I operated on instinct and did what every mom would do: I took my finger and swept his mouth, popping out a piece of blue plastic. I didn't think anything of it until he started coughing. And coughing. I turned him over on my lap and started thumping his back. He started gasping and continued coughing. I could feel his body trying to vomit, but nothing came of it. He was still breathing, but not sounding great. He started vomiting again, and it went all over me and all over the carpet, but there was nothing in it. I sat him up and he seemed ok, so both my friend and I breathed a sigh of relief. Until he started screaming. I groaned inwardly, knowing that we were headed to the hospital.
His screaming intensified the whole way there, and I went from thinking I was being a hyperactive worried mother to knowing that something was really wrong. Once we got to the hospital, I discovered the only benefit to having a coking baby: you don't have to wait in the ER waiting room. In a weird coincidence, the first ER doctor that we saw had a baby of his own who had craniosynostosis, who had been operated on by the same surgeon we had seen that morning. Max was shrieking in pain, and I was getting panicked. I knew that because of his history of aspiration, he was at high risk of aspirating whatever it was into his lungs, and his incredible screaming (they had to come and close the door to his examining room because he was disturbing everyone,) had everyone worried that something was seriously wrong. They ordered some xrays where they didn't see anything.
At this point, I had to call and cancel my lessons for the afternoon, (this is the second time I've had to cancel lessons at the last minute because I was in the ER with the baby) and figure out what to do with my older kids who were getting out of school in an hour. I called my husband in Ireland to tell him I was sitting in the ER with the baby. The poor guy had been awake for nearly 36 hours with only 1-2 hours of crappy sleep on the plane, and had just falled asleep to be woken with the news that his son was once again in the hospital and he was across a very large ocean. I talked with him for just a minute before I had to hang up because Max was vomiting all over me, himself, and all over the floor.
Just then, a nurse walked in to help clean us up and tell us that we were going to be provided with do-not-pass-go, do-not-drive-your-own-vehicle trip to Primary Children's hospital. The nurse told us that Max would likely need a bronchoscopy, an endoscopy, or both, and they weren't equipped to do it there. I almost started to cry right then and there. The thought of having an emergency surgery on my baby when my husband was an entire planet away nearly sent me into panic mode. And we were heading to our third hospital of the day, which just happens to be right next to the hospital we had left that morning. They called the ambulance for transport and I kept trying to calm down my hysterical baby. One interesting fact about hospital transports: if possible, you bring your own carseat and they strap it onto the stretcher. It was rather eeirie riding in the ambulance- the last time I rode in an ambulance was after delivering Ashlynn on the side of the freeway.
We got to Primarys and had to start all over. I had to tell the story to every nurse, intern, resident, physicians assistant, and doctor who walked into the room. We paced the floors and tried to get internet access or texts through the vortex of cell service that is Primary Children's hospital. No one ever seems to be in a hurry at that hospital, which I imagine is a good thing, because I'm sure they would hurry if they thought it was emergent enough. They finally decided on more xrays. Poor Max at this point hadn't eaten anything or even nursed in about six hours, and was exhausted from the screaming and the pain he was in. They were insisting I couldn't feed him because of the possiblity that we might have to head to surgery. The problem is, you can't really explain that to your baby who just wants to nurse. I hadn't eaten anything since breakfast, was leaking breastmilk everywhere, and felt like I was reeking of vomit.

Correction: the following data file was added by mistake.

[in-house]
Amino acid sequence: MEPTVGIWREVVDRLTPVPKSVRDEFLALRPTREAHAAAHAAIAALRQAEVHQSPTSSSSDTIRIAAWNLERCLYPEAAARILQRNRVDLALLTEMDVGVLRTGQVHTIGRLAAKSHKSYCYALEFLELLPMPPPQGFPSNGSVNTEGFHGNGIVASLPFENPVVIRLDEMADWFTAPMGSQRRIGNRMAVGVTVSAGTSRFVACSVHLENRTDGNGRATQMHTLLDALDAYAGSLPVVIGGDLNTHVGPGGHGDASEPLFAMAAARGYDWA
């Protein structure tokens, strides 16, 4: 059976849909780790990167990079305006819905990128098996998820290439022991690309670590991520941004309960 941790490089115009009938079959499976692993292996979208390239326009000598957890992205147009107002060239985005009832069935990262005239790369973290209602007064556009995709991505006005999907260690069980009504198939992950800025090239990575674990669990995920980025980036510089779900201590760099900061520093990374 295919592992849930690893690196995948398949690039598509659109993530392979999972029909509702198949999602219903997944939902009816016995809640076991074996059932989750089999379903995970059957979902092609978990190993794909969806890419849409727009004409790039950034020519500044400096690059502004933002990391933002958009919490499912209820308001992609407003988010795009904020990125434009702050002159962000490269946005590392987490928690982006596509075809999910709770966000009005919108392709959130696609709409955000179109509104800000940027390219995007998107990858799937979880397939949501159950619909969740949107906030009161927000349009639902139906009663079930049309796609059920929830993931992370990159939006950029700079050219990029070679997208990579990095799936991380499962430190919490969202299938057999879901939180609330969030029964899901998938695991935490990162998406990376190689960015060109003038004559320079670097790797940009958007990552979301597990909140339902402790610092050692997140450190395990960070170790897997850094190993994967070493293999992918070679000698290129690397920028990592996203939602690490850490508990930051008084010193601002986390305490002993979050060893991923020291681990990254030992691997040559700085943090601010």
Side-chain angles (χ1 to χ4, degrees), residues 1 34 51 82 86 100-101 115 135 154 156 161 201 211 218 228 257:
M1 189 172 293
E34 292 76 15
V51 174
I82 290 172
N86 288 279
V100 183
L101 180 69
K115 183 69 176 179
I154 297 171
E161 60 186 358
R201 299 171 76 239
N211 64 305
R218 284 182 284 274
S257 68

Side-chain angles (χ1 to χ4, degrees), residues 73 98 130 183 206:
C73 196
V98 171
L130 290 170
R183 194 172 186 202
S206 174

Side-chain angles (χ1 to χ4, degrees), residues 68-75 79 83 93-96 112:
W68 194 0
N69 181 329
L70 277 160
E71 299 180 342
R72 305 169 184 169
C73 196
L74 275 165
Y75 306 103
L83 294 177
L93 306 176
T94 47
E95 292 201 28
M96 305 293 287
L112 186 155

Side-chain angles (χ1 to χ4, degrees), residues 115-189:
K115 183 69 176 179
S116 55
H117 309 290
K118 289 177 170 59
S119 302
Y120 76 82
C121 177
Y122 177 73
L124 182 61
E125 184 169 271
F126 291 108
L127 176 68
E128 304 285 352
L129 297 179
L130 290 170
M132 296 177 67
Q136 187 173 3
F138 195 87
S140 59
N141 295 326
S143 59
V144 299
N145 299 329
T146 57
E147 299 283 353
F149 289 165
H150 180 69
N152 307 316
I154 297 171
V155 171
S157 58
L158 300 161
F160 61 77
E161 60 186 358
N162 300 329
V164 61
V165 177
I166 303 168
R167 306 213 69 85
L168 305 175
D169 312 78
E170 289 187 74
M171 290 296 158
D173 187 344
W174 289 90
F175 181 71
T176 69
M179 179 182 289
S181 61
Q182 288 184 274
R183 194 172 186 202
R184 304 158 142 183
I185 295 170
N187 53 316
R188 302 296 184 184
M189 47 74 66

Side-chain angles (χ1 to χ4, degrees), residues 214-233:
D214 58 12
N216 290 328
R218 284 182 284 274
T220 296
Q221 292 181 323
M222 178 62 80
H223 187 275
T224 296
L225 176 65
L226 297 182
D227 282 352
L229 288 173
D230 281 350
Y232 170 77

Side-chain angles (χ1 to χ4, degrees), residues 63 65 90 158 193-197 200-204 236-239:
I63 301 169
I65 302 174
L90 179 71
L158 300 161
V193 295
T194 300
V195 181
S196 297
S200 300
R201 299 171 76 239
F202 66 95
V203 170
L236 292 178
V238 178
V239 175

The xrays didn't show anything in his trachea or his lungs, so I was finally cleared to feed him. He gratefully and greedily nursed. We were told to watch for more choking or vomiting, but he kept nursing like his life was depending on it. Once they knew he was going to keep it down, they decided to discharge us. My dad had to come and get us because I had left my car at hospital #2. I was so grateful to load up in the car and drive away. Max was completly exhausted, and slept from the time we put him in his carseat all the way until I put him in his crib in Heber.
The whole time we were at the hospital(s) and in the ambulance, I felt very strong. I even joked about it, saying that nothing could compare to what we had already been through. Which is true, but on the way back up the canyon, I completly lost it, and sobbed almost all the way home. I could have lost my baby. He could have choked and not been able to breathe. We were at three hospitals. We were in an ambulance! All those things coupled with the definite knowlege that we were headed to another surgery left me feeling beaten, sad, exhausted, and incredibly grateful that we had been so blessed.
A decent night's sleep last night improved both of our outlooks dramatically. My husband will, if all goes well, (and really, haven't we had enough trauma for a week?) be home tomorrow night, and we can deal with the questions about surgery then. And Max is acting like his old self again. It might take me more than a couple of days to get past the PTSD from being back in that hospital again, though. And after sweeping a magnet, several pieces of cat food, and some rocks from Max's mouth today, I'm seriously contemplating buying a baby-sized plastic bubble for Max to live in until he gets past the "put everything in my mouth" stage.